By Feby Francois
Only 52% of Americans are actually covered by life insurance, despite the fact that nearly 70% believe they should be.
Life insurance purchased at a young age can provide substantial coverage at an attractive rate.
Many people mistakenly believe their employer's life insurance coverage is adequate.
The breadwinner earns a living in the energy industry to support his family. His debts include multiple mortgages, credit card debt, and nursing home expenses for his elderly father.
However, he is woefully underinsured, as are millions of Americans.
"I will have to raise three children if you die," his wife groans. "I would like you to buy some life insurance ... please."
"Sure, if it will give you peace of mind," says the dutiful husband after a pause. "But I have many, many years before I die."
Upon nearly decapitating himself while closing the bedroom window, Homer Simpson is declared uninsurable.
Although embellished for our entertainment, Homer's cautionary tale should ring throughout September's Life Insurance Awareness Month. In a poll conducted by the life insurance research group LIMRA, 70% of Americans believe they need life insurance, but only 52% own some type of policy.
Is there a reason why life insurance is so unpopular? One thing we don't like to think about is death's inevitability.
There is a saying in the industry: "You don't buy life insurance because you're going to die, you buy it because those you love are going to live."
"Death benefit" is an oxymoron on par with "jumbo shrimp" and "working vacation." However, modern life insurance goes beyond leaving a legacy for your loved ones.
Term life insurance and permanent life insurance are the two primary types of life insurance. Seems straightforward, doesn't it?
An individual buying term life insurance purchases a set amount of coverage (say $250k) for an annual premium (say $500) based on their age and health. If the policyholder passes away within the term period, $250,000 is paid to the beneficiary. The term typically lasts from five to forty years.
Term life insurance policies can offer substantial coverage at a relatively low rate for people in their 20s and 30s who are starting families or purchasing a home.
As long as the premiums are paid on time, permanent insurance stays in place for life. When the policyholder dies, the named beneficiaries receive $250,000 as a payout.
The cost of permanent life insurance tends to be higher than term life insurance due to the lifetime coverage, but the premiums may build cash values that can be accessed as a tax-free loan if needed in the future. In the event that the policyholder dies, any withdrawals will reduce the beneficiaries' benefits.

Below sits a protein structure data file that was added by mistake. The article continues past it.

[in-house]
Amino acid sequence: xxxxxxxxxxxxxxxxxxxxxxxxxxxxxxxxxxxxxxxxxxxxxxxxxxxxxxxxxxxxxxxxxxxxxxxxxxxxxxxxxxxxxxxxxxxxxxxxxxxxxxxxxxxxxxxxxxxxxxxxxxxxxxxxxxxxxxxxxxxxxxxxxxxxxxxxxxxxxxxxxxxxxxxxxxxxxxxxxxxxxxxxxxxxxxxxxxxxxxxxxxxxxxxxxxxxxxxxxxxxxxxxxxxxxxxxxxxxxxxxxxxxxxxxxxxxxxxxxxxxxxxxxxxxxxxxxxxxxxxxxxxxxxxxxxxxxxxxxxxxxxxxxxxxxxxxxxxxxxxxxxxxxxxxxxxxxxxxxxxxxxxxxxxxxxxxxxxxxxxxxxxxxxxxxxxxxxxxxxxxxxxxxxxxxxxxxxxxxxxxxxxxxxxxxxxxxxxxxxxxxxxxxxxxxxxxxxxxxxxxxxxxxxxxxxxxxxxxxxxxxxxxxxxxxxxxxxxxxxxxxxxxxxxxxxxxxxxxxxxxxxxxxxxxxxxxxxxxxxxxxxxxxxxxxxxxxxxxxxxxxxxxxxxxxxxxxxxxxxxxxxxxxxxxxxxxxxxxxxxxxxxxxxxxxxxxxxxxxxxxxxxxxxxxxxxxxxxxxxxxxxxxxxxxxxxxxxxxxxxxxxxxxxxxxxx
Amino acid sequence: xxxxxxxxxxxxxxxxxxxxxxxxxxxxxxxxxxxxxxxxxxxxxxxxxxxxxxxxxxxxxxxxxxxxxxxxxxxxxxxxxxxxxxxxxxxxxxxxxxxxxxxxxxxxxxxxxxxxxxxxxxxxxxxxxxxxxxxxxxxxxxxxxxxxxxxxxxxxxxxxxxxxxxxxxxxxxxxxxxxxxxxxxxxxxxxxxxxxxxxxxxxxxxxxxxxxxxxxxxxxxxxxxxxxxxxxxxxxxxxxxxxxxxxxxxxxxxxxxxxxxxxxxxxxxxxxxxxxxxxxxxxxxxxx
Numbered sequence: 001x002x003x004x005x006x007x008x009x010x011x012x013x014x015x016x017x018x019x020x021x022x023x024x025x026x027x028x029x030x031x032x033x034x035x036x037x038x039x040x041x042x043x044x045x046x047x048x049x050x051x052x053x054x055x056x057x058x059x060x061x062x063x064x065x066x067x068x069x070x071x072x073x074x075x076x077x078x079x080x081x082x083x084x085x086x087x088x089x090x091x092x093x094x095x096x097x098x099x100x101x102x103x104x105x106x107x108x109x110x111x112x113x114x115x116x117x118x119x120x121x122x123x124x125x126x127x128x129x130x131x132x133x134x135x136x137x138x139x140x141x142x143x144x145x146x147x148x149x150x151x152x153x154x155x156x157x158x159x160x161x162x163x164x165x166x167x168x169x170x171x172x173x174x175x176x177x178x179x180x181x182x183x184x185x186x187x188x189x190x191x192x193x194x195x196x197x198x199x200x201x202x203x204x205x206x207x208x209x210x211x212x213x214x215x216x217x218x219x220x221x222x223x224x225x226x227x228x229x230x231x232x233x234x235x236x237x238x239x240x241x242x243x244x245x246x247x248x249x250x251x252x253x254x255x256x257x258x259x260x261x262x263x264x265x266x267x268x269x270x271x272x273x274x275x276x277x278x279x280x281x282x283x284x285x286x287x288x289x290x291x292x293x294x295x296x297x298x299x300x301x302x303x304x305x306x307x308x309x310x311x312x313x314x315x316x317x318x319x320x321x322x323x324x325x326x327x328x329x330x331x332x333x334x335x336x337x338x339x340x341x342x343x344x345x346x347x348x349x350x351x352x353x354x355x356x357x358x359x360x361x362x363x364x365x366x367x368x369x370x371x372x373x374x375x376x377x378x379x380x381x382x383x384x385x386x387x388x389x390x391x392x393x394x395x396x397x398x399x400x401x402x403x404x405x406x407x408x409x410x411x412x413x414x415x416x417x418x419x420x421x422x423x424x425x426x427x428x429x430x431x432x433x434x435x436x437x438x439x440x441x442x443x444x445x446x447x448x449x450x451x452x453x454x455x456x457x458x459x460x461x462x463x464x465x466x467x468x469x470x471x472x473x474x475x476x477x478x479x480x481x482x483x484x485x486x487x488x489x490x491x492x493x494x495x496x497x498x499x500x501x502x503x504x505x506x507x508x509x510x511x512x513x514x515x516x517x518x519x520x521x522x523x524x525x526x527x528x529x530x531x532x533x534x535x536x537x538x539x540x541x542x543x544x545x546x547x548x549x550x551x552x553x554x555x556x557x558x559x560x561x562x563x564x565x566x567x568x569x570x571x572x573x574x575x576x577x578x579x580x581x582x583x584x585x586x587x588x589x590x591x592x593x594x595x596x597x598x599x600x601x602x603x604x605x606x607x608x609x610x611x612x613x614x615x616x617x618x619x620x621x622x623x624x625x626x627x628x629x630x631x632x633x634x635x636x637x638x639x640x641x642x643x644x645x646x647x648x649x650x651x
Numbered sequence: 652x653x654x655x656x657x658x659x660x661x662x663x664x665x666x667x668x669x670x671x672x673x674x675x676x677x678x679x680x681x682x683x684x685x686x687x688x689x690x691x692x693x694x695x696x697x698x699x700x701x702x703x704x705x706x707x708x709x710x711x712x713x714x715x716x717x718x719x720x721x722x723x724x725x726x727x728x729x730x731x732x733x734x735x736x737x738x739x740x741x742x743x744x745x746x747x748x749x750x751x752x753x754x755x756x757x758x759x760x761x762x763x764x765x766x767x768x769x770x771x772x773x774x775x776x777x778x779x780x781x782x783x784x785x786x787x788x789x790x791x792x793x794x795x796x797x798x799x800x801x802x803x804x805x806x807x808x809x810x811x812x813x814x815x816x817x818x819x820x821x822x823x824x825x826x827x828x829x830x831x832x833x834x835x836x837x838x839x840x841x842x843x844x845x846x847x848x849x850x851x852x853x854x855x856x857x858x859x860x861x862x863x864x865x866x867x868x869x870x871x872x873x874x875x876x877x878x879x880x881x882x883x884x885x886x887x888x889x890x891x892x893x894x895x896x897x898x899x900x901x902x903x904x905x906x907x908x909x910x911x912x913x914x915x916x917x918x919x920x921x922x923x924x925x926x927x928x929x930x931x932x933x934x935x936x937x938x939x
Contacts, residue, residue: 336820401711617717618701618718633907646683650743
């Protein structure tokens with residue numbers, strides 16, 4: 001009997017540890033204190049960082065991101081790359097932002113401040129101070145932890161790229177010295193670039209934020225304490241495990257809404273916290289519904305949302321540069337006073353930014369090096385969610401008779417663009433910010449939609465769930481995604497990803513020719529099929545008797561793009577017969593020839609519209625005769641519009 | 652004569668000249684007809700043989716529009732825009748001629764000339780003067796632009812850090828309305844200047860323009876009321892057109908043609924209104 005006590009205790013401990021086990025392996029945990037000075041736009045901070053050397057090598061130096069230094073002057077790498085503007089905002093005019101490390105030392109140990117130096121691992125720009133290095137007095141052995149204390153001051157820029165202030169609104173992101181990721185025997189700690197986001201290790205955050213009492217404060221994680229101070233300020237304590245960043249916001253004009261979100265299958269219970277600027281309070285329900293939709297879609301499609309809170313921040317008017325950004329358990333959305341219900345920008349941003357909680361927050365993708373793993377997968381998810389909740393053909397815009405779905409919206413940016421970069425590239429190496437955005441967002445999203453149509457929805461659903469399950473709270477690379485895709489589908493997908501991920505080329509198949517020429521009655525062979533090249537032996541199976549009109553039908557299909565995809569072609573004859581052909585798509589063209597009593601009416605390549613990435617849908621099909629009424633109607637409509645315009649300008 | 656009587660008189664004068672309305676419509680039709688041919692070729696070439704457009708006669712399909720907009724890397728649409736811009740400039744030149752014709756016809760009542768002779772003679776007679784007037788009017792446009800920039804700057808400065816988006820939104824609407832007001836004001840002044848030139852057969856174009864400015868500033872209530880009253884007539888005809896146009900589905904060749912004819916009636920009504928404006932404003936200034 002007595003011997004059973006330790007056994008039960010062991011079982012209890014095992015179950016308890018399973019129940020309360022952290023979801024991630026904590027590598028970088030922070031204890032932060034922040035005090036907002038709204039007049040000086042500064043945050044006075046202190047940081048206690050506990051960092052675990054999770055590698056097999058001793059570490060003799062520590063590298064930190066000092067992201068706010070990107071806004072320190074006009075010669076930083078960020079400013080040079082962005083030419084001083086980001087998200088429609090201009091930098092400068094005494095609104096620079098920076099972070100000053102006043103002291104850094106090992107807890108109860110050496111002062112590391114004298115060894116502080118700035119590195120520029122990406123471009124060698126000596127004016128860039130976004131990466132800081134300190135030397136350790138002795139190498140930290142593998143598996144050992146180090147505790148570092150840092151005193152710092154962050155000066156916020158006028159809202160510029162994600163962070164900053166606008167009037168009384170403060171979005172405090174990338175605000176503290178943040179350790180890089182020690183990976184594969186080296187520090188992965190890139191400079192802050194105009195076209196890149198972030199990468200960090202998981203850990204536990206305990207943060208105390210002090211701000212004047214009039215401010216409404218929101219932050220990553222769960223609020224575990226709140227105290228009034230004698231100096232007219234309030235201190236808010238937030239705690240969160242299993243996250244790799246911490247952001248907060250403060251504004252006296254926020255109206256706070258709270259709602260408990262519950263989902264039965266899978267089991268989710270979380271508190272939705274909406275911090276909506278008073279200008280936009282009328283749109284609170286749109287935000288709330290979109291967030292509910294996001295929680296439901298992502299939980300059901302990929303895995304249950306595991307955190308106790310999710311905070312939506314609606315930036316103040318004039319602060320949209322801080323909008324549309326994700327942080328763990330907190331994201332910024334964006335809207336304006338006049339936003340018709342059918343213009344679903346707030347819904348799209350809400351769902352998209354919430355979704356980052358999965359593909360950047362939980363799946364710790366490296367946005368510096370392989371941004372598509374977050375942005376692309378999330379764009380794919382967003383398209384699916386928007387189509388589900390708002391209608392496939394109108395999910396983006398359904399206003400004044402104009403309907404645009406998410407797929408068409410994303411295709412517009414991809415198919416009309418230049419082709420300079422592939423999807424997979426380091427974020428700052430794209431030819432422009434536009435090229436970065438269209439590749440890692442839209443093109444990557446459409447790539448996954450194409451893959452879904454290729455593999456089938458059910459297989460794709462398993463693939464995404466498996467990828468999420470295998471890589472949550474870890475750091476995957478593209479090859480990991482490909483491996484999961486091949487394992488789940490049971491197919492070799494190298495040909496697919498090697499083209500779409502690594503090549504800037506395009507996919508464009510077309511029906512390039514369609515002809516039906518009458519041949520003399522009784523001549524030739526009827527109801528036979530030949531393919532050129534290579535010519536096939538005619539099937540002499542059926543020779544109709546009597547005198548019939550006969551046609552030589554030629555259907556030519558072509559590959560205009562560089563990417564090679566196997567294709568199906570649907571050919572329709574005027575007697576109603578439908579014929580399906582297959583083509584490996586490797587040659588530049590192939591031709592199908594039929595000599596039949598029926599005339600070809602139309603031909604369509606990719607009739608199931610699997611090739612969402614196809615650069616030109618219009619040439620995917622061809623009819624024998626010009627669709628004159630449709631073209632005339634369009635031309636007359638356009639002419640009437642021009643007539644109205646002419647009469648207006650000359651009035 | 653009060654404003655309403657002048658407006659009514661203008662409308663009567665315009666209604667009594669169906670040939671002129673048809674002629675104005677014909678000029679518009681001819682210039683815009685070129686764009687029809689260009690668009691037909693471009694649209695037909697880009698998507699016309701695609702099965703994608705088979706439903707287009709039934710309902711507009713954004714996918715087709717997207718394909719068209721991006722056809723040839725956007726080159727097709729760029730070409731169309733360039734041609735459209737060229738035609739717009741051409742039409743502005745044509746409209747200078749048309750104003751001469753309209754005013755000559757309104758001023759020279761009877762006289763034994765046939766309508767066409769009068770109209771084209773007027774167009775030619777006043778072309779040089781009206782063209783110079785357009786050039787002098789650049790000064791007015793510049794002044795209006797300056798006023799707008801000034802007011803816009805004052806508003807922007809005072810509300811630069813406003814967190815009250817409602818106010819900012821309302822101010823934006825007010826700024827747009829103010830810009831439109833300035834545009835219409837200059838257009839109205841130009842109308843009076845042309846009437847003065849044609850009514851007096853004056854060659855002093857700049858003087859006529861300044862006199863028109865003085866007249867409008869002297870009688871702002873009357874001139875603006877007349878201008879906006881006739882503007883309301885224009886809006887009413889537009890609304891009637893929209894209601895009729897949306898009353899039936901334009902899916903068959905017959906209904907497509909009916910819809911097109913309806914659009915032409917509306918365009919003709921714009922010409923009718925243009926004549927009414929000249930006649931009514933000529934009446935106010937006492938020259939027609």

In the case of term and permanent life insurance, this is just the tip of the iceberg. The applicant's best assets, when considering both types, are good health and youth. However, Homer possessed neither at the time of his application.
There are a few schools of thought on how to figure out how much coverage you need.
An individual's lifetime income can be calculated as a human life value.
A simple multiple is to multiply your salary by five to ten years. Seven years is generally accepted as the multiplier for financial professionals.
Plan based on need - Estimate how much annual income you might need to replace after replacing college costs for any children. If you have an existing mortgage balance, add that to your final coverage amount.
But wait a minute, Feby. I'm covered through my job.
In spite of the fact that 52% of people own life insurance, about one-fourth of them are only covered by workplace insurance. Even though workplace insurance is better than nothing, it might not be enough.
The majority of employers provide free coverage with a payout equal to a year's salary. Additional coverage can be purchased, with premiums deducted straight from employees' paychecks. Group insurance is not portable, so it will end when you leave your employer.
Adding an individual life insurance policy to the life insurance provided by your employer may be necessary for many reasons:
There may not be enough life insurance offered by your employer
If your employment situation changes, you could lose coverage
If your health deteriorates, coverage becomes more difficult
Your plan does not cover your spouse enough
You may not be able to get the best deal on life insurance from your employer
Even though workplace life insurance can be a nice perk, it shouldn't be your sole source of life insurance.
The main purpose of life insurance is to protect us against an early death. However, not all policies require the policyholder to die before benefits are paid.
If a policyholder has a qualifying critical, chronic, or terminal illness, some term life insurance policies provide early access to death benefits. This is referred to as an accelerated living benefit, and the money can be used to cover expenses such as car payments, mortgage payments, groceries, and utilities.
Keep in mind, any accelerated benefit will reduce the policy’s death benefit.
How can I find out what's right for me? Each person is different. Factors to consider:
How old are you?
Is there a history of poor health in your family?
Do you have a mortgage, children, spouse, or partner?
Do you need life insurance as a means of protection or a means of tax-deferral?
Can you afford to pay more for the opportunity for your premiums to grow as investments?
Is life insurance part of your retirement plan or simply a strategy to leave a legacy for your heirs?
That’s just a short list of questions. A financial professional or licensed insurance professional like myself, can help evaluate your situation and help you make the decision that’s right for you.